Thou thy worldly talk haft done, in bis Aims.

Home art gone, and ta'en thy wages : Bel. Look, here he comes,

Golden lads and girls all mult, And brings the dire occafion in his arms,

As chimney-sweepers, come to dust. Of what we blame him for!

Arv. Fear no more the frown o' the great, Arw. The bird is dead

Thou art past the tyrant's stroke; That we have made so much on. I had rather

Care no more to clothe, and eat; Have skipp'd from fixteen years of age, to fixty,

To thee the recd is as the oak : To have turn d my leaping time into a crutch,

The sceptre, learning, physic, must Than have seen this.

All follow this, and come to dust. Guid. O, sweetest, faireft lily!

Guid. Fear no more the lightning Hath, My brother wears thee not the one half so well, Av. Nor the all-dreaded thunder-Itone; As when thou grew'st thylelf.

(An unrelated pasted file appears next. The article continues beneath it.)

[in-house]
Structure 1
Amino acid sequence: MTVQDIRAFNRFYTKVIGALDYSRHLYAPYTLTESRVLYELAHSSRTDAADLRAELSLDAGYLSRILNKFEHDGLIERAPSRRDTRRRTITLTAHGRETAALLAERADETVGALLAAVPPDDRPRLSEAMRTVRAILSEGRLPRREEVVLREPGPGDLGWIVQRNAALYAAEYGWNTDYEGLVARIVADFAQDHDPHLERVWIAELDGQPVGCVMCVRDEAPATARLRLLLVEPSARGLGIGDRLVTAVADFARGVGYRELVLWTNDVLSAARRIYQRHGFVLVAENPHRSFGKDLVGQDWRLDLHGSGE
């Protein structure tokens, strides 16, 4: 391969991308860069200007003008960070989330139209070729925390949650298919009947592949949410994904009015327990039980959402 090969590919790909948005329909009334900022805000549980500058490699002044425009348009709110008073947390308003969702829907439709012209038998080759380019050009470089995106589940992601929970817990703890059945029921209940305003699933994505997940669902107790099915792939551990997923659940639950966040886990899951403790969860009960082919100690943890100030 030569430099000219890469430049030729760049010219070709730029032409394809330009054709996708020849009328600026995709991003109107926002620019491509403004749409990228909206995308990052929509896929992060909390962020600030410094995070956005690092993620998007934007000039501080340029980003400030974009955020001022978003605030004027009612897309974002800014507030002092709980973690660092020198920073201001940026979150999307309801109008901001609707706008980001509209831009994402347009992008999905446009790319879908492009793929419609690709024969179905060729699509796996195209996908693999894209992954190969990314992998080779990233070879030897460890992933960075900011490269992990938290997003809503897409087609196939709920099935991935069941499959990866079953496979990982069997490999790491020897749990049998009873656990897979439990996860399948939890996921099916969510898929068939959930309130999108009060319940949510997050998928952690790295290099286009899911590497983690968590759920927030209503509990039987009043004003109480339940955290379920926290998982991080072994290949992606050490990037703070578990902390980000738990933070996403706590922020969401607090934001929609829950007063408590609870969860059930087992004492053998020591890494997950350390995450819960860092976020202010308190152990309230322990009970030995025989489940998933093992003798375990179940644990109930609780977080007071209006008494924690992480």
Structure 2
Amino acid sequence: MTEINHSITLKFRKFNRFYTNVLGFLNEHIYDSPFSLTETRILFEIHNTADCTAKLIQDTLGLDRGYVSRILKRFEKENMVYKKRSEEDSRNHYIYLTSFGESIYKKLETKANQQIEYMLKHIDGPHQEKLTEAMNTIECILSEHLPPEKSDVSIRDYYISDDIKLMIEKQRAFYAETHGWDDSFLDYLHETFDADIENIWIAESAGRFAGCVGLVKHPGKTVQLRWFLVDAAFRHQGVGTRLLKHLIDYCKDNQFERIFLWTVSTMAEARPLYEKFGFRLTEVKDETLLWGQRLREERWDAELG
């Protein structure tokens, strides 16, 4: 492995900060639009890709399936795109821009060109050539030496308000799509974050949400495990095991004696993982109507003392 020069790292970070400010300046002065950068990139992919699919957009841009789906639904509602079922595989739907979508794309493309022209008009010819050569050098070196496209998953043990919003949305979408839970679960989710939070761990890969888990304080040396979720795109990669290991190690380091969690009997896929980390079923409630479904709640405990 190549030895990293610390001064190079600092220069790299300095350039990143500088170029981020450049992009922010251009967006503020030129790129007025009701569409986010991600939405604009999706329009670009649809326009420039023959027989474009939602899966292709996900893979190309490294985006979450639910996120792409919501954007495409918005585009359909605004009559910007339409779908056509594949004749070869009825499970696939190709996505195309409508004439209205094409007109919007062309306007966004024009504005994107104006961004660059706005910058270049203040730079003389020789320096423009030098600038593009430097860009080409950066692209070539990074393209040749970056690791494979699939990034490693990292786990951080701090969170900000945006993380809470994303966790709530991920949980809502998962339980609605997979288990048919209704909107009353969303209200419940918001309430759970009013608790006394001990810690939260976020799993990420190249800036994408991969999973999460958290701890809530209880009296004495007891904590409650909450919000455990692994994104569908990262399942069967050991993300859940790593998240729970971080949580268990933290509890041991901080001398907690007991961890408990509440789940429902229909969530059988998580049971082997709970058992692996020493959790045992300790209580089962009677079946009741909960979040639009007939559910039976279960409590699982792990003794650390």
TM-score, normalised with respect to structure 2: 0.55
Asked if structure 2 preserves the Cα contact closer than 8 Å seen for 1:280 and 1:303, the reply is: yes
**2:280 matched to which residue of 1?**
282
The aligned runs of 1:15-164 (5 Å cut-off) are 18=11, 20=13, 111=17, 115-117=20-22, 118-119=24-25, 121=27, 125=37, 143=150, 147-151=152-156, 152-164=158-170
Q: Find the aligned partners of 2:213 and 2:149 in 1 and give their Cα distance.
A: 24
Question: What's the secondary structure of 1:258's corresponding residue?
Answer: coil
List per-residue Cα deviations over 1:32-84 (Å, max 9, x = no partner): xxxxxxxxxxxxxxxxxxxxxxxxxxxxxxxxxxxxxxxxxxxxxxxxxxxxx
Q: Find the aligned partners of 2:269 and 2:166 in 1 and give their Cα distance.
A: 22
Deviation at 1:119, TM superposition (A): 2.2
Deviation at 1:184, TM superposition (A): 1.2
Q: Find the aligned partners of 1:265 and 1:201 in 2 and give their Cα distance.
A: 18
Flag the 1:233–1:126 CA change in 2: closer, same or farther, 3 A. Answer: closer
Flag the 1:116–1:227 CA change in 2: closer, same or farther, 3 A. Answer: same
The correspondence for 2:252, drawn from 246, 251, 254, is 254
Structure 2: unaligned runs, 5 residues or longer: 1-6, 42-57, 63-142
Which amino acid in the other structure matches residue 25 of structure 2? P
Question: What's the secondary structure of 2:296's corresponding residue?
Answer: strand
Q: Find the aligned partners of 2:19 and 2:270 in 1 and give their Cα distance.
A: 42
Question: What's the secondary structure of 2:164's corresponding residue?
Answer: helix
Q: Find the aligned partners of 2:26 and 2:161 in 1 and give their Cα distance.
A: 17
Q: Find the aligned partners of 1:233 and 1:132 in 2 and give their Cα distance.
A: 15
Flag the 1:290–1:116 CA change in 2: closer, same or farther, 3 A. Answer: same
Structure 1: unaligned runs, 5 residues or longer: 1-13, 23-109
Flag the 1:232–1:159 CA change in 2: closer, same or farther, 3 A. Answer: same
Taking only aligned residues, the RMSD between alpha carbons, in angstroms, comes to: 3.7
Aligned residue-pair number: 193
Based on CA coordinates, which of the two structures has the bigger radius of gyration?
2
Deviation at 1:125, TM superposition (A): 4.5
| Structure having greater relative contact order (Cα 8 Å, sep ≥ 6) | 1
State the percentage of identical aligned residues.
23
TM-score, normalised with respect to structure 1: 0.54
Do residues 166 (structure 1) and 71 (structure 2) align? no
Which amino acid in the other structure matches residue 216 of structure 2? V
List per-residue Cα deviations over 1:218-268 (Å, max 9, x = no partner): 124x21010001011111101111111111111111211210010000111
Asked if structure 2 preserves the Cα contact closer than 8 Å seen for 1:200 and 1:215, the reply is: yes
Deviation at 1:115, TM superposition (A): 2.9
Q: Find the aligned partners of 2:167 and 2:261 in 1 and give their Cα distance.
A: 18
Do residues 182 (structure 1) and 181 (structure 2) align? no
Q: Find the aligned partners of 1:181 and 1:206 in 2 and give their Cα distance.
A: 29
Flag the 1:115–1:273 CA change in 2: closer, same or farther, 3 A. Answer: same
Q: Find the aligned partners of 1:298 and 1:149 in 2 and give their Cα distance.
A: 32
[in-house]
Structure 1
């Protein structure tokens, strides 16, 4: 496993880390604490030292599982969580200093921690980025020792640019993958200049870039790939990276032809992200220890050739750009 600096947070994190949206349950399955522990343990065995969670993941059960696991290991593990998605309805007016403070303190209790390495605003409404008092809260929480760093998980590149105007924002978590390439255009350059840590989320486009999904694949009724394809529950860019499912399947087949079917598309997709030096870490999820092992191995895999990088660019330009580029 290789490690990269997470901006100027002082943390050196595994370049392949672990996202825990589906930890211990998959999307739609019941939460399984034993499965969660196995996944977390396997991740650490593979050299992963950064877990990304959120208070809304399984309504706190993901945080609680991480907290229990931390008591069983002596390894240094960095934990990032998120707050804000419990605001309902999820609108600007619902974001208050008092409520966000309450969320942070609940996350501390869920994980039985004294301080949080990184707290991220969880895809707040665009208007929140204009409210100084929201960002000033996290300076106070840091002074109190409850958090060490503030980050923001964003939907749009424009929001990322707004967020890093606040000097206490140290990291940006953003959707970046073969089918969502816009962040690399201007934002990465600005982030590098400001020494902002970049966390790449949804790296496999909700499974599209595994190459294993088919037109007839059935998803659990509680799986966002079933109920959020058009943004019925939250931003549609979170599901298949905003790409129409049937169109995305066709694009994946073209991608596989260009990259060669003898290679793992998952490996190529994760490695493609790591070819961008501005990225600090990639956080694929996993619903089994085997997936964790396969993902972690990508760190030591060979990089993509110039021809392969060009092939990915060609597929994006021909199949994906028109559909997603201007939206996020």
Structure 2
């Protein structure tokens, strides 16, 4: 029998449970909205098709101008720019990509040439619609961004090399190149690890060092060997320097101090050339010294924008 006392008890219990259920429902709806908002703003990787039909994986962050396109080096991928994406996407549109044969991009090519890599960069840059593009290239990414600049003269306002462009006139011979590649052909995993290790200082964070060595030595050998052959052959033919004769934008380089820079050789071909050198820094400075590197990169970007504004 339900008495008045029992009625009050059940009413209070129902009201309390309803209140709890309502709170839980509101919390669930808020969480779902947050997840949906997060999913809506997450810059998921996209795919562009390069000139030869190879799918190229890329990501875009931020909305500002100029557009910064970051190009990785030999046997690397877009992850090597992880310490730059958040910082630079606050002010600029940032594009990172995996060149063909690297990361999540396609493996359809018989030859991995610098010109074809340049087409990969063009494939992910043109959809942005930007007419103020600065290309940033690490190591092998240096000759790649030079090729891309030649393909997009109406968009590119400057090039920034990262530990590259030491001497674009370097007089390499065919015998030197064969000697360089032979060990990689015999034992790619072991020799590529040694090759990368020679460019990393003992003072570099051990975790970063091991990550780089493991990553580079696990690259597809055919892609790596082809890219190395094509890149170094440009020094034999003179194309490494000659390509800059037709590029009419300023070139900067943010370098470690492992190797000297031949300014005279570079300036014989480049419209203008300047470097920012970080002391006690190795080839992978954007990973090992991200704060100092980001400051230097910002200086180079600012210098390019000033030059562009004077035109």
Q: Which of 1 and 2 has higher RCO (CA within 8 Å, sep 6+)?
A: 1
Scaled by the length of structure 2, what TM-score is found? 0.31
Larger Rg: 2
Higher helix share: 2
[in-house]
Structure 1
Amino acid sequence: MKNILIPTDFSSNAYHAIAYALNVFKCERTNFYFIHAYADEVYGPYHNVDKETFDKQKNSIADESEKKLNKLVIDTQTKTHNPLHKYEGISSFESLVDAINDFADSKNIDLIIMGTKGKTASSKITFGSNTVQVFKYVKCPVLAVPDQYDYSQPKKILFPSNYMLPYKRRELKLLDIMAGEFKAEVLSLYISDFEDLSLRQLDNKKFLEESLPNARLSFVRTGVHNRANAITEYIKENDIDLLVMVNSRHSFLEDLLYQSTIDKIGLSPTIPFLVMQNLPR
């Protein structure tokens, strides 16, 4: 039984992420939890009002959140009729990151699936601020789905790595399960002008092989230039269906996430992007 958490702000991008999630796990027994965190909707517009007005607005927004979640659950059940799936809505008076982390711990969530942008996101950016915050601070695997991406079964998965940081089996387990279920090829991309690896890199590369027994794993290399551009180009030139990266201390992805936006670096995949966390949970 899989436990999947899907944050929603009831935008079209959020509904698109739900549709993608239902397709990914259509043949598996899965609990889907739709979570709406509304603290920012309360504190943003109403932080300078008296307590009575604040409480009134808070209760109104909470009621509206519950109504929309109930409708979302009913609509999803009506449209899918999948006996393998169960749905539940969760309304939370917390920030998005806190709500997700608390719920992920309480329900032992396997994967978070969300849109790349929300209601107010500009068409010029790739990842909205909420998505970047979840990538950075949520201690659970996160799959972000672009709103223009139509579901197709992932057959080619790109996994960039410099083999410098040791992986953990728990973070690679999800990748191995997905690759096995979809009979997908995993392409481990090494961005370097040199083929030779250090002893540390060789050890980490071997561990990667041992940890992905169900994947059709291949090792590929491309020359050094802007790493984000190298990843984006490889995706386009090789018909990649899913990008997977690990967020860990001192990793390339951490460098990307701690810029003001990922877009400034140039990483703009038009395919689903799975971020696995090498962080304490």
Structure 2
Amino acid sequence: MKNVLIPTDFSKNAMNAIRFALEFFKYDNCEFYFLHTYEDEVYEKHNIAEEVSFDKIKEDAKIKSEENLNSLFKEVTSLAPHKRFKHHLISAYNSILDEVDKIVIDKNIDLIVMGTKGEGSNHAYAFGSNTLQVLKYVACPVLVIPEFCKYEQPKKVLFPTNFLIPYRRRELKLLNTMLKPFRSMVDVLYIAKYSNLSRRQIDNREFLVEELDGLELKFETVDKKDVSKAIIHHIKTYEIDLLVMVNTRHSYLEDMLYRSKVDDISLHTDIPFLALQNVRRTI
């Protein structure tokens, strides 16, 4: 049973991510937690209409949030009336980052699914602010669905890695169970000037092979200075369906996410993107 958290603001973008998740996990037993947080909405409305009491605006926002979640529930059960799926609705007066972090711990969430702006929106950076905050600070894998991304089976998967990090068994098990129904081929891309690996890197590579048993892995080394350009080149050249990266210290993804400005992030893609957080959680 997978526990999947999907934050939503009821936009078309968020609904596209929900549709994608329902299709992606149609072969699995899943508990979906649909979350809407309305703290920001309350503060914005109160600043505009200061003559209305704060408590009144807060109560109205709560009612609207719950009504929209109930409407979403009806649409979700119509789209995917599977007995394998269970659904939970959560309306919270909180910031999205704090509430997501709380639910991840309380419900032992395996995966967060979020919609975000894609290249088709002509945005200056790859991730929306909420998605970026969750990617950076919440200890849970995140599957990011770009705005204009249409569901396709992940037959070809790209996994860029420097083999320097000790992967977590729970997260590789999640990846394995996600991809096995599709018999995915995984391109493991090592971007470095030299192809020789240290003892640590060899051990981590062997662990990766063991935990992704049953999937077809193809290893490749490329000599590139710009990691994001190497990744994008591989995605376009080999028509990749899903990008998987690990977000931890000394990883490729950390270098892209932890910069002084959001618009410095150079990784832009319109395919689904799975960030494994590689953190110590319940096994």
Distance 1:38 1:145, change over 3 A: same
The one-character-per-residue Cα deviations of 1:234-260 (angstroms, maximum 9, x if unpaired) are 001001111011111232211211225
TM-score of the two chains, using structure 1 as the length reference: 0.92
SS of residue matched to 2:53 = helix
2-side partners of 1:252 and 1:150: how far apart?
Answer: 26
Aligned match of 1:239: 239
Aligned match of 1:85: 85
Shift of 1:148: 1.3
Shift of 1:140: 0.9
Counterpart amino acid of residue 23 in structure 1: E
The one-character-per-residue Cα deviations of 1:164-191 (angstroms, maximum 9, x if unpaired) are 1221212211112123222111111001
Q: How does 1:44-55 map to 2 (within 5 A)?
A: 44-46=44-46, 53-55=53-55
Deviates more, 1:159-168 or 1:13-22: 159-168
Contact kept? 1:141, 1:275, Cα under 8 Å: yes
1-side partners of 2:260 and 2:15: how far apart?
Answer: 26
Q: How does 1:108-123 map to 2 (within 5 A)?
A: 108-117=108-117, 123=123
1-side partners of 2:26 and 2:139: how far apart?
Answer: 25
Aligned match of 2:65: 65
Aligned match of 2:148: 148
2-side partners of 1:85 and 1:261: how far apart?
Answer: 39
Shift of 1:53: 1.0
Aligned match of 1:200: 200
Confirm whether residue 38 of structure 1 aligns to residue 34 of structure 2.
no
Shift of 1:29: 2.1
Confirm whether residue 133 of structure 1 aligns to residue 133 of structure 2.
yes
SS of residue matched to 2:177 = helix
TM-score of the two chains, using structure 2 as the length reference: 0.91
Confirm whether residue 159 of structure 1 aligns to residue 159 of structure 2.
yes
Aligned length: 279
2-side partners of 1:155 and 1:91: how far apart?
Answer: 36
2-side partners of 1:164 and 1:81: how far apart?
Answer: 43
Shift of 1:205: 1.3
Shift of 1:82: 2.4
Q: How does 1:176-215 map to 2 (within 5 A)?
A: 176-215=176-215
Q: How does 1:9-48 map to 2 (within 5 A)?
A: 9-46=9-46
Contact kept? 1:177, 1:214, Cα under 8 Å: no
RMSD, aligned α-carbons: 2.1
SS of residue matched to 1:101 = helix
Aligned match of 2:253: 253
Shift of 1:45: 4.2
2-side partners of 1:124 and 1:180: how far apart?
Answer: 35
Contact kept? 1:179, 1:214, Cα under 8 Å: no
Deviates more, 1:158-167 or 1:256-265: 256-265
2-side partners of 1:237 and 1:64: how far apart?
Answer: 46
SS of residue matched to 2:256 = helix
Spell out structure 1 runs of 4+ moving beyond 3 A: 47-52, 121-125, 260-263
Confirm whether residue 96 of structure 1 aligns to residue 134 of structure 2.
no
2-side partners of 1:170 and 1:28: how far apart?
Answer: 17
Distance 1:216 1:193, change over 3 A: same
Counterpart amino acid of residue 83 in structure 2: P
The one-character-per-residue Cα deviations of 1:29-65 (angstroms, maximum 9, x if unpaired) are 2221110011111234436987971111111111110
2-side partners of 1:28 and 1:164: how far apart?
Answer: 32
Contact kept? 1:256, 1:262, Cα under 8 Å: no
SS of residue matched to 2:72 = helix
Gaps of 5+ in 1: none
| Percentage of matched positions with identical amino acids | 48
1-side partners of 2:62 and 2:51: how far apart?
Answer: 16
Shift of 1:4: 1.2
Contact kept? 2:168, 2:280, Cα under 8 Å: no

Guid. Fear ng lander, censure rash; Bel. O, melancholy !

Arv. Thou hast finith'd joy and moan. Who ever yet could found thy bortom? find

Imogen awaking. The coze, to thew what coast thy fluggish care Yes, Sir, to Milford-Haven; which is the Might eas'lieft harbour in? Thou blefled thing!

way!Jove knows what mán thou might'st have made; I thank you—by yond buch ?-pray, how far but I,

thither? Thou diedit, a most rare boy, of melancholy! Ods, pitikins !-can it be six miles yet? [sleep. How found you him?

have gone all nighi-'faith, I'll lie down and

But

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cye,

But soft ! no bedfellow :- gods and goddelies! The nights are wholesome ; then no planets strike,

[Seeing the body. No fairy takes, nor witch hath pow'r to charm, These Pow'rs are like the pleasures of the world; So hallow'd and fo gracious is the time. This bloody man, the care on 't. I hope I dream;

Morning. For, so, I thought I was a cave-kceper,

But, look, the morn, in russet mantle clad, And cook to honcst creatures: but 'tis not so ; Walks o'er the dew of yon high eastern hill. 'Twas but a bolt of nothing, shot at nothing,